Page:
Wednesday, October 27, 2010

Let's discuss popular genres...

OK, what is up the world's fascination with fantasy, science fiction, and paranormal novels? I'm not going to knock the genres because I'm sure there is a strong subset of people out there who say to themselves, "Who cares about stories set in a historical time period?" Plus people have a right to read what they want, so I could never knock that freedom.

I think what bothers me about these genres is that they're the going thing right now. And seemingly everyone is cashing in on it. But really? How many novels can you have about vampires and werewolves? Or mythical beings rising from the mists of Arthim-I-Can't-Really-Pronounce-This-Land (although I would really like to do authors come up with the whackadoo names in fantasy novels)? When has something just been done to death? I'll hazard a guess and say that when Jane Austen becomes populated with zombies and may be time to put a trend to rest.

Of course, there are problems in the historical fiction realm as well. It seems to me that the recent trend has been writing novels in the Tudor and Elizabethan times. Sure, I had a fascination with Henry VIII and his six wives when I was younger, but how many times can you re-tell Anne Boleyn's story? I can't help but think about all the other lovely time periods that are going largely ignored because of this trend. What about the Victorian period (although I have seen an increase in this) or Restoration England? Now that was a fascinating time and it should sell, I mean everyone was getting it on, right?

I guess I'm a bit unlucky in my choice of time period. Some readers probably feel about the Civil War, the same way that I feel about the Tudors. But you know what? My characters would not fit in anywhere else.

I started thinking about this after agent extraordinaire and blogger, Nathan Bransford, recently posted that you have to write about what you love, not what is popular. I guess I'm lucky that historical fiction never really goes out of fashion, so I've never had to make a choice between writing what is popular versus what is my interest. I'll be the first to admit that if I had written Julienne to be a vampire or a Tudor era lady-in-waiting, I'd probably get representation right away. But I refuse.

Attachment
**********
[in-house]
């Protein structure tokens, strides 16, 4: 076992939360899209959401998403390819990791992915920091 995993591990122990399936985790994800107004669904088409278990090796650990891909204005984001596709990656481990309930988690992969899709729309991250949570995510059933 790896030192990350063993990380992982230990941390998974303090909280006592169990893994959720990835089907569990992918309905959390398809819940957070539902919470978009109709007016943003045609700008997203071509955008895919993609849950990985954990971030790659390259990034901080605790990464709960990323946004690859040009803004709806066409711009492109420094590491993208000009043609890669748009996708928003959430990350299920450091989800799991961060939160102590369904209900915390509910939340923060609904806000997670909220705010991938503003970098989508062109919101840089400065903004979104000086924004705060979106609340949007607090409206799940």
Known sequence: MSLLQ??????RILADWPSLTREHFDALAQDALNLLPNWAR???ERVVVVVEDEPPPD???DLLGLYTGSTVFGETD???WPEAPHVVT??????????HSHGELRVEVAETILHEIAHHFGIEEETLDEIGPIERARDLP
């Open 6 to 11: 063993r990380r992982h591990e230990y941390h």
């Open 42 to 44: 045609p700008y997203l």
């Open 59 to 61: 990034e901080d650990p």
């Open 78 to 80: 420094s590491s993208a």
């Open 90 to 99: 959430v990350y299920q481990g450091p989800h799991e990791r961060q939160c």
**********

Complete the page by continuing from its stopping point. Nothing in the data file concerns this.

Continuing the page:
What about you? Have you ever been tempted to cash in on a pop culture phenomenon or are you content to write what you want in the genre that suits you best?

Monday, October 25, 2010

Progress...I guess

So I am happy to report that my post on procrastination spurred me to some small amount of progress at the end of last week. I am positive that Julienne and her amour were quite happy to get off the sidewalk and to the charity ball.

Interestingly enough, I am still discovering facets of Julienne's personality. I think by re-writing this section of the novel, I am making her easier to relate to in that even though she's a bad ass super spy (OK, that is a slight exaggeration), she's still completely vulnerable. Of course she tries so desperately to hide this facet of her personality (behind smirks and acting generally disaffected). The internal war that ensues as she falls in love is at times heartbreaking and yet very funny. One minute she is determined to ignore the guy, and the next she's inexplicably attracted to him, which annoys her to no end. At the end of the day, she is just a very sad individual who is adrift. She was not raised to be a simpering miss, but the two anchors in her life (her father and twin brother) are both gone. She has suffered so much loss that she is a bit gun shy when it comes to investing herself in other people. And being that she is considered a eccentric in her society, Julienne is very suspicious of any man who would pursue her--alas, for our poor hero! Fortunately, he likes a challenge.

So, character progression... Did you know every facet of your character's personality before you began writing the story, or did they leap off the page as you went along?

Friday, October 15, 2010

Procrastination: I haz it

Yes, I know it has been a while. But as the title of today's blog suggests, I am not someone who is always on the ball. I think I earned this trait honestly... My dad has a tendancy to procrastinate. Actually, that whole side of my family does. I suppose that is why we're always late and generally present birthday gifts wrapped in Wal-Mart bags, but I digress.

I think procrastination is my worst enemy when it comes to writing. I think it's pretty clear given that it's taken me nearly 10 years to finish a novel (and heck, it's not totally finished, either). Sadly, I'm not one of those writers who can set writing goals for herself. I can't tell myself, "Caroline, you're going to write ten chapters this week." If I did, my writing would stink. I just can't write well when I'm not "into" it. But when I'm on, I'm on, baby! I barely stop to eat or sleep, I just write like there's no tomorrow.

I haven't been writing much lately. I blame the fact that I've been living out of a suitcase. And looking for another job. First it was commuting 100 miles one way to be with my hubby on the weekends, and then I took a trip to Texas (which was awesome). And finally, given the distance between the hubby and me, I've attempted to find a job in the same city as he. That's not going so well (damn economy). So to say that I have been distracted is an understatement. Plus it doesn't help that any writing I do is confined to my sad little cube at work due to my lack of a laptop at the moment. Oh please Santa Claus bring me one for Christmas! I've been good this year...for the most part!

So, does procrastination bring you down? Or can you put the blinders on and crank out a novel in a few months? If you can, will you pass some of that motivation on to me?